Scientists from Carnegie have identified three giant planets in a binary star system composed of stellar ''twins'' that are siblings of the Sun. One star hosts two planets and the third one is hosted by the other star.
Planets that were never observed before are present in the smallest-separation binary, which is represented by the system. The findings could help to describe the impact that giant planets like Jupiter have over the architecture of a solar system.
The Astronomical Journal has accepted to publish these findings.
Discoveries recently made through the study of exoplanetary systems highlight where on the continuum of ordinary to unique our Solar System layout falls. Several planets that are extremely different from what is observed in the solar system have been revealed by planet hunters.
Super-Earths, which are the commonly detected exoplanets, are smaller than Uranus or Neptune but bigger than our planet. Existing statistics reveal that Jupiter-sized planets are very rare, as they have only been detected around a limited percentage of stars.
This is significant as Jupiter’s gravitational pull was expected to be a major influence on the Solar System’s architecture in its development period. The shortage of Jupiter-like planets could describe why our home system varies from the others that have discovered to date.
This new discovery is considered to be the very first exoplanet detection based only on data obtained from the Planet Finder Spectrograph (PFS), created by Carnegie scientists and mounted on the Magellan Clay Telescopes at Carnegie’s Las Campanas Observatory.
PFS is capable of detecting big planets with long-duration orbits or orbits that are extremely elliptical instead of circular, including the three new planets identified in this twin star study. This specific capability is a result of the long observing baseline of PFS. Observations have been made for six years.
The team, headed by Johanna Teske, included many scientists from both the Carnegie Observatories in Pasadena, CA, and the Department of Terrestrial Magnetism in Washington, DC, also including Steve Vogt of the University of California Santa Cruz.
We are trying to figure out if giant planets like Jupiter often have long and, or eccentric orbits. If this is the case, it would be an important clue to figuring out the process by which our Solar System formed, and might help us understand where habitable planets are likely to be found.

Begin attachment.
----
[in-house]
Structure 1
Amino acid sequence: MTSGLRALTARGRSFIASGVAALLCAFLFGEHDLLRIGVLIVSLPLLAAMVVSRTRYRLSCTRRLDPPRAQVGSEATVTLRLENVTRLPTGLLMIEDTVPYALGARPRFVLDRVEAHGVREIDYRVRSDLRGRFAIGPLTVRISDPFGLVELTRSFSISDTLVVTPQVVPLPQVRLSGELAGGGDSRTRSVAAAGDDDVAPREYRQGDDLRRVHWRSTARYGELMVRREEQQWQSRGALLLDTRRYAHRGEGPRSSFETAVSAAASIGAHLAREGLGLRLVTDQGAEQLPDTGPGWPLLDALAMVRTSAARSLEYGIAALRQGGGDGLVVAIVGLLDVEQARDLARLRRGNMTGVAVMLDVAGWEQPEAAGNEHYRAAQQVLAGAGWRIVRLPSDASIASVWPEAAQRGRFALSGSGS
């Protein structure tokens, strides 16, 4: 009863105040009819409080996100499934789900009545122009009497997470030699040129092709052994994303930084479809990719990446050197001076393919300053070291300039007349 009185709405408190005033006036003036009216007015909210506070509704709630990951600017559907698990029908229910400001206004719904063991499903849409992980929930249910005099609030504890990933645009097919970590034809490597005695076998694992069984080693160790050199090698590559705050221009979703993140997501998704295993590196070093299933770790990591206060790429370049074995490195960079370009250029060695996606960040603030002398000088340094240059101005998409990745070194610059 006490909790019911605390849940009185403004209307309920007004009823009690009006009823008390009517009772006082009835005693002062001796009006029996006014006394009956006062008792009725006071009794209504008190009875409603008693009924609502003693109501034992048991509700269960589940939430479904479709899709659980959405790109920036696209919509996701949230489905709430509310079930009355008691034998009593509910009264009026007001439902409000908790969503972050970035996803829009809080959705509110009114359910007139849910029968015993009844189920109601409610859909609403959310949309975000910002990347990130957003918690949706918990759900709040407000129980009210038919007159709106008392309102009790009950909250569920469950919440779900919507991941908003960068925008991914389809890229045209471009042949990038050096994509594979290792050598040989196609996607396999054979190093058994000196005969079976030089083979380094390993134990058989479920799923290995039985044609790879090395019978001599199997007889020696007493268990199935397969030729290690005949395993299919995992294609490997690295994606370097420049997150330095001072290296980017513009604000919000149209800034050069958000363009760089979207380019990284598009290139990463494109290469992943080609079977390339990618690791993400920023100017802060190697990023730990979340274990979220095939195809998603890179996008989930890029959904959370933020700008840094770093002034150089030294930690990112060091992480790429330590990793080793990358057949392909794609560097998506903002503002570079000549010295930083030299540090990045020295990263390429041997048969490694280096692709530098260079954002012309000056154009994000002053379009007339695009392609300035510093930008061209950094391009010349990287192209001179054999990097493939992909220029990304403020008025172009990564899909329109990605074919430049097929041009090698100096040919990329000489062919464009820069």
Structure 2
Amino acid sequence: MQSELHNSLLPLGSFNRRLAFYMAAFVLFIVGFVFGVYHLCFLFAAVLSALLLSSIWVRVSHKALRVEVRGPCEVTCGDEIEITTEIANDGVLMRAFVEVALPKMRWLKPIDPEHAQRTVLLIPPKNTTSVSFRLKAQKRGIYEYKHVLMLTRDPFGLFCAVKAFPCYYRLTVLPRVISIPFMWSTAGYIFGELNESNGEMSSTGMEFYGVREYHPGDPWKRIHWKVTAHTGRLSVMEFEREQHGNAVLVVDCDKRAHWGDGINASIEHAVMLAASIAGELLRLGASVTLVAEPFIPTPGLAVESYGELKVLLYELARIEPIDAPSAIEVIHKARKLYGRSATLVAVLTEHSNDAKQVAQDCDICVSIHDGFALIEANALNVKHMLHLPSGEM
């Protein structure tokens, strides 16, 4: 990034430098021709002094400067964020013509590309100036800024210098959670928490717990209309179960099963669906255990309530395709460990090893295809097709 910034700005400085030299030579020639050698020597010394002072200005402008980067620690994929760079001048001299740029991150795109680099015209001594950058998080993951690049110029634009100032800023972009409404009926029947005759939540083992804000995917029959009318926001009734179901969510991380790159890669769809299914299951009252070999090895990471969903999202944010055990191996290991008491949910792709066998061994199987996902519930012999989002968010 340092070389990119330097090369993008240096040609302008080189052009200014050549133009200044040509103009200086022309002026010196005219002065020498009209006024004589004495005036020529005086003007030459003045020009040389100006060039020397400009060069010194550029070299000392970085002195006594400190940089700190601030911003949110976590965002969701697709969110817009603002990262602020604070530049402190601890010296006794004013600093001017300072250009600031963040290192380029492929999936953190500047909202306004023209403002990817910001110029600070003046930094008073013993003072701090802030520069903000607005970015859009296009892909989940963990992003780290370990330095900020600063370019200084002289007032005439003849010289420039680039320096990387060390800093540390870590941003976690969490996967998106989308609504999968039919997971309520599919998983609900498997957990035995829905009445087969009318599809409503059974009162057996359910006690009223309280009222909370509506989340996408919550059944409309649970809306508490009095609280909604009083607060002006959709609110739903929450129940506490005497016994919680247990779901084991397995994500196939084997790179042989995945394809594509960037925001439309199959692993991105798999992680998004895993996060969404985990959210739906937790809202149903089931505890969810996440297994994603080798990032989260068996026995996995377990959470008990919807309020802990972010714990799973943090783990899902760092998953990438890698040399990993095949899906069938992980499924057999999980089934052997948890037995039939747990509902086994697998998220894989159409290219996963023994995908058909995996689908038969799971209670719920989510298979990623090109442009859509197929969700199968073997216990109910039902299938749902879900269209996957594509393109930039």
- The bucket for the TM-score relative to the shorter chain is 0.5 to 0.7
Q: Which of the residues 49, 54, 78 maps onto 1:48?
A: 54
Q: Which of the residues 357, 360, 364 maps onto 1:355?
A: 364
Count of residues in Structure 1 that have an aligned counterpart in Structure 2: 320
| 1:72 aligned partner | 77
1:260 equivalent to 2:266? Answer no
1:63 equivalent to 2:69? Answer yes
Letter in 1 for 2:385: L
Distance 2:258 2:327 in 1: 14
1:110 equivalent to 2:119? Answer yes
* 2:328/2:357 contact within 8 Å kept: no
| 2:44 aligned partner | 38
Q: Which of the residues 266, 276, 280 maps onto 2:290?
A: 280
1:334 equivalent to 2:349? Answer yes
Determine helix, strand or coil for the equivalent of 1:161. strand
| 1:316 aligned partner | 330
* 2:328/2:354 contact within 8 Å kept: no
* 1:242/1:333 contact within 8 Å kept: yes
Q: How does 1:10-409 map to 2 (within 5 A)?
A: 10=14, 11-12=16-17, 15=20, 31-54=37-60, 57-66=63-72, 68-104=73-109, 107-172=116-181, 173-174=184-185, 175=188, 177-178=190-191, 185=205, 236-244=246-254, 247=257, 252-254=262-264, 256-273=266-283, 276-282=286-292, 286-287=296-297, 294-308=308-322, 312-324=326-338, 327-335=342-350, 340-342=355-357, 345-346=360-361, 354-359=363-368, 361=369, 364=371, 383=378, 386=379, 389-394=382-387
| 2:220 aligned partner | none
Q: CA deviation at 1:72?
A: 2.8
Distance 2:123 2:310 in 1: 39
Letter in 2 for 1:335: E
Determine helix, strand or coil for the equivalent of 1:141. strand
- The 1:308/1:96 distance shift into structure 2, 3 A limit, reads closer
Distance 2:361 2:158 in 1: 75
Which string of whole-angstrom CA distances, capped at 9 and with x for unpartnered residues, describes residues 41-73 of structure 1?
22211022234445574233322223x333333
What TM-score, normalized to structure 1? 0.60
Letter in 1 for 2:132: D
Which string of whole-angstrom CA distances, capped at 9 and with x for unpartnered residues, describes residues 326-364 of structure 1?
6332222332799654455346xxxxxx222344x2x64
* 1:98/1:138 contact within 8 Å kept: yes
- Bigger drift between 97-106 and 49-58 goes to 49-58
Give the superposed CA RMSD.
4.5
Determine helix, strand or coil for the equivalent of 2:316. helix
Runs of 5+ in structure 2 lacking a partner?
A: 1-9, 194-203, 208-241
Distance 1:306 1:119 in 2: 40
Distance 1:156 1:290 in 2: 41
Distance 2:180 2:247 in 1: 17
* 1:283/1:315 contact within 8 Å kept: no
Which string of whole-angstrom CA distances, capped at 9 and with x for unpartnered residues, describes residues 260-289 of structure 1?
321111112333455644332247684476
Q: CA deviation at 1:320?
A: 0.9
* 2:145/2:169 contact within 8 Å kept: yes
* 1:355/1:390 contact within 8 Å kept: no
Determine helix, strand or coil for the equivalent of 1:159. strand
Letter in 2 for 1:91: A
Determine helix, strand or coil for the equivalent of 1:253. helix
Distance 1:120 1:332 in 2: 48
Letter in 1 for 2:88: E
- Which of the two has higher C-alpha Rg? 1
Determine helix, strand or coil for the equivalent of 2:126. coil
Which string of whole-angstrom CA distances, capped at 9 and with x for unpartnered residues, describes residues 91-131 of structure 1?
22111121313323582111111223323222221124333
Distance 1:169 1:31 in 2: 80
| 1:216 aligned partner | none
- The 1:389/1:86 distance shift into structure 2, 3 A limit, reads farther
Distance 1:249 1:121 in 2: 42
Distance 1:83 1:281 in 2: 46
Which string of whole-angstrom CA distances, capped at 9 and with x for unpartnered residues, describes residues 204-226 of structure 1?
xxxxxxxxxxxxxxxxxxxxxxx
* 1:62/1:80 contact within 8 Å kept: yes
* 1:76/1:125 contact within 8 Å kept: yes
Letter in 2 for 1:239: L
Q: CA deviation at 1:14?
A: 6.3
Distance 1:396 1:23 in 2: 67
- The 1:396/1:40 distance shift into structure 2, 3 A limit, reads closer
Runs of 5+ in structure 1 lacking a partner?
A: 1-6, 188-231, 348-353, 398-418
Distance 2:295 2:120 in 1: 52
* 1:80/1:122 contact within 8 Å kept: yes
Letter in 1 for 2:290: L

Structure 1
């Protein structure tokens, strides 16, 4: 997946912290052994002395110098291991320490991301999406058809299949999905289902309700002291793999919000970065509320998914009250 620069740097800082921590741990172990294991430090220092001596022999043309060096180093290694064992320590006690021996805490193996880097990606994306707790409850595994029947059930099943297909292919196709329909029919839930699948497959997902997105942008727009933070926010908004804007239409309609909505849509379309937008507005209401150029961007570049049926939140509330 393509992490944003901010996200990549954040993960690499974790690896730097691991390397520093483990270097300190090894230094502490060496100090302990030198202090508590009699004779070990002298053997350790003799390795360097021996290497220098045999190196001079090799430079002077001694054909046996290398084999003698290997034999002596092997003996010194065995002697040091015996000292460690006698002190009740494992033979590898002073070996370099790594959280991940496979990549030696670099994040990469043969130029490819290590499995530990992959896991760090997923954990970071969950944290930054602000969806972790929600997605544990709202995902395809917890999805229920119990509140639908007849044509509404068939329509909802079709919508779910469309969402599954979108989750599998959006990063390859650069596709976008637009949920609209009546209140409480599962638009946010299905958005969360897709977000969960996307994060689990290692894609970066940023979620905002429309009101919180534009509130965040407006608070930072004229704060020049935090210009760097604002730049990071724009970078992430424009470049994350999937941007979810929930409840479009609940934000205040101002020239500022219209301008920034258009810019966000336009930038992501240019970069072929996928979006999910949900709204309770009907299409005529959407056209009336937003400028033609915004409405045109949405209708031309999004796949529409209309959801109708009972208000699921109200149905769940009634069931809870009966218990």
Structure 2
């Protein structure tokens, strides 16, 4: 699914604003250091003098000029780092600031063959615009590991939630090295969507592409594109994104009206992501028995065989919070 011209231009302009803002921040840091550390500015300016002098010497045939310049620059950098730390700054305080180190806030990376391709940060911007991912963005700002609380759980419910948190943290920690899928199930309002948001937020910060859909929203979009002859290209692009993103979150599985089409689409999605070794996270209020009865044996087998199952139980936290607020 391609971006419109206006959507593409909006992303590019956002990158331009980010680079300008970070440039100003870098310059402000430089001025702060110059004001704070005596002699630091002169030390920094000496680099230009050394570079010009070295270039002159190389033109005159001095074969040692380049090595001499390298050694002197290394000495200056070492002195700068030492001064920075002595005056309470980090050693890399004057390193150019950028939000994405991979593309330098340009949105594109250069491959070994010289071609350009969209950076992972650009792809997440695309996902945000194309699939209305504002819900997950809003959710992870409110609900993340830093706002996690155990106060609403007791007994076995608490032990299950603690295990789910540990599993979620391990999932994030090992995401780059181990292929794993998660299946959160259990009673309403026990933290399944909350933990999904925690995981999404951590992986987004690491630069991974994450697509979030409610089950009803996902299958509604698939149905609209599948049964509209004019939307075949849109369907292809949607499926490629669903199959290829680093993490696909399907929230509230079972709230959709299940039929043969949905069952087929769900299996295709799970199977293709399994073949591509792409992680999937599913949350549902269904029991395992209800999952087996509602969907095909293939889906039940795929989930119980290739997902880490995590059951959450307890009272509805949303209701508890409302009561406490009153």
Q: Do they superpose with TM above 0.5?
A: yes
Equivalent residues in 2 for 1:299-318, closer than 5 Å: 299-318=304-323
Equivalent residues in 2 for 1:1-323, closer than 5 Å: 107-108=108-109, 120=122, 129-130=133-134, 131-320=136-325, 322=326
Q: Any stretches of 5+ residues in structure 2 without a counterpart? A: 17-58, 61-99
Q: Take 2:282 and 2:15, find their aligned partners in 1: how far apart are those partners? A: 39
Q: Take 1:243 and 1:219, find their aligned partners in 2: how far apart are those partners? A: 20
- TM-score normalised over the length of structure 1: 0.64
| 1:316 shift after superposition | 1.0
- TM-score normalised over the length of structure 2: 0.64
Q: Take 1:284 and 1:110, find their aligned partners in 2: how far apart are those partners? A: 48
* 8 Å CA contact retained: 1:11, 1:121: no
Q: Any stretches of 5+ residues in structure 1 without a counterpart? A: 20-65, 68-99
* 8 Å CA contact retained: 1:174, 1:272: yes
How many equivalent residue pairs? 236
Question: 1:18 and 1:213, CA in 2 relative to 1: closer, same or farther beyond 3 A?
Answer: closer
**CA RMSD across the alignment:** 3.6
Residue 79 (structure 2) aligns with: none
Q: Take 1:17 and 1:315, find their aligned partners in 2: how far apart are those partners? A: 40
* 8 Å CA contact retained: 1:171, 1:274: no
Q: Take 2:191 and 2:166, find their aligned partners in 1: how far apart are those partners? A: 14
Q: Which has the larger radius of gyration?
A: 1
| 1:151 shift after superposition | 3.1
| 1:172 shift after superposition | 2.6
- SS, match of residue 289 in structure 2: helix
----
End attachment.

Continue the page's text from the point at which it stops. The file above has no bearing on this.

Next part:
Johanna Teske, Carnegie Science
The twin starts are called HD 133131A and HD 133131B. Two moderately eccentric planets are hosted by the former star, where one is about 1 and a half times Jupiter’s mass, at a minimum, and the other is just more than half of Jupiter’s mass, at a minimum. One moderately eccentric planet comprising a mass of almost 2.5 times Jupiter’s is hosted by the other planet.
Both of the stars are separated by just 360 astronomical units (AU). One AU refers to the distance between the Earth and the Sun. This is considered to be majorly close for twin stars with detected planets orbiting the individual stars.
The next-closest binary system that hosts planets comprises of two stars that are almost 1,000 AU apart.
The system is far more unusual as both of the stars are “metal poor” - most of their mass is helium and hydrogen, compared to other elements like oxygen or iron. The stars that host giant planets are often rich in metals.
This discovery is remarkable as only six other metal-poor binary star systems comprising exoplanets have been discovered.
Teske used an accurate analysis to highlight that the stars are not identical “twins” as earlier thought, but have somewhat varied chemical compositions, which make them more similar to the stellar equivalent of fraternal twins.
This could point out that a few baby planets were swallowed by one star in its early life, slightly modifying its composition. However, the gravitational forces of the identified giant planets that remained may have had a major effect on the small planets that are fully-formed, tossing them towards the star or out into space.
The probability of finding a system with all these components was extremely small, so these results will serve as an important benchmark for understanding planet formation, especially in binary systems.
Johanna Teske, Carnegie Science
Teske’s team also included Carnegie’s Stephen Shectman, Matías Díaz, Paul Butler, Jeffrey Crane, and Pamela Arriagada.